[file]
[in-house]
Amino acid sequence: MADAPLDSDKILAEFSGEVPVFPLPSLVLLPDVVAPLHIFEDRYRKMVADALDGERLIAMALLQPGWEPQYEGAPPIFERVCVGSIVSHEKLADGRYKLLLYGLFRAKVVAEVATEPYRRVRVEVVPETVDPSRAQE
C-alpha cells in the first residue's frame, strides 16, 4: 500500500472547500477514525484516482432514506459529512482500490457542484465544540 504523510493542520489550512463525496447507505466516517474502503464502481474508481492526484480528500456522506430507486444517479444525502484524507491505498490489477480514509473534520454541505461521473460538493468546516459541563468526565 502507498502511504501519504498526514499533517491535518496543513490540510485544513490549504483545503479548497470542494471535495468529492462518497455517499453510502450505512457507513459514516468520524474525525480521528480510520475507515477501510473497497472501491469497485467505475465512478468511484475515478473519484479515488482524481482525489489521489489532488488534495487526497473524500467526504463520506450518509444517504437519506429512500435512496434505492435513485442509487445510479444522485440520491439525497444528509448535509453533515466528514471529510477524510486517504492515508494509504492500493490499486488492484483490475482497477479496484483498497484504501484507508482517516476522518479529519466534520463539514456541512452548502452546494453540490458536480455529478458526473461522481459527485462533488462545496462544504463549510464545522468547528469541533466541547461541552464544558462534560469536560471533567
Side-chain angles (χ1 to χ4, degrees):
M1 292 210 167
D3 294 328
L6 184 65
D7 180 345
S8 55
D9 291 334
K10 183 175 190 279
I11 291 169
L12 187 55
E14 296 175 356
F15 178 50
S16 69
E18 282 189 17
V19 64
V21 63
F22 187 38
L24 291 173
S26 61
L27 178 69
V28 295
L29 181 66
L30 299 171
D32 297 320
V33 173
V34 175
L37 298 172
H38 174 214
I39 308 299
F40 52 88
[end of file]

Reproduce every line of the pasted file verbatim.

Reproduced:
[in-house]
Amino acid sequence: MADAPLDSDKILAEFSGEVPVFPLPSLVLLPDVVAPLHIFEDRYRKMVADALDGERLIAMALLQPGWEPQYEGAPPIFERVCVGSIVSHEKLADGRYKLLLYGLFRAKVVAEVATEPYRRVRVEVVPETVDPSRAQE
C-alpha cells in the first residue's frame, strides 16, 4: 500500500472547500477514525484516482432514506459529512482500490457542484465544540 504523510493542520489550512463525496447507505466516517474502503464502481474508481492526484480528500456522506430507486444517479444525502484524507491505498490489477480514509473534520454541505461521473460538493468546516459541563468526565 502507498502511504501519504498526514499533517491535518496543513490540510485544513490549504483545503479548497470542494471535495468529492462518497455517499453510502450505512457507513459514516468520524474525525480521528480510520475507515477501510473497497472501491469497485467505475465512478468511484475515478473519484479515488482524481482525489489521489489532488488534495487526497473524500467526504463520506450518509444517504437519506429512500435512496434505492435513485442509487445510479444522485440520491439525497444528509448535509453533515466528514471529510477524510486517504492515508494509504492500493490499486488492484483490475482497477479496484483498497484504501484507508482517516476522518479529519466534520463539514456541512452548502452546494453540490458536480455529478458526473461522481459527485462533488462545496462544504463549510464545522468547528469541533466541547461541552464544558462534560469536560471533567
Side-chain angles (χ1 to χ4, degrees):
M1 292 210 167
D3 294 328
L6 184 65
D7 180 345
S8 55
D9 291 334
K10 183 175 190 279
I11 291 169
L12 187 55
E14 296 175 356
F15 178 50
S16 69
E18 282 189 17
V19 64
V21 63
F22 187 38
L24 291 173
S26 61
L27 178 69
V28 295
L29 181 66
L30 299 171
D32 297 320
V33 173
V34 175
L37 298 172
H38 174 214
I39 308 299
F40 52 88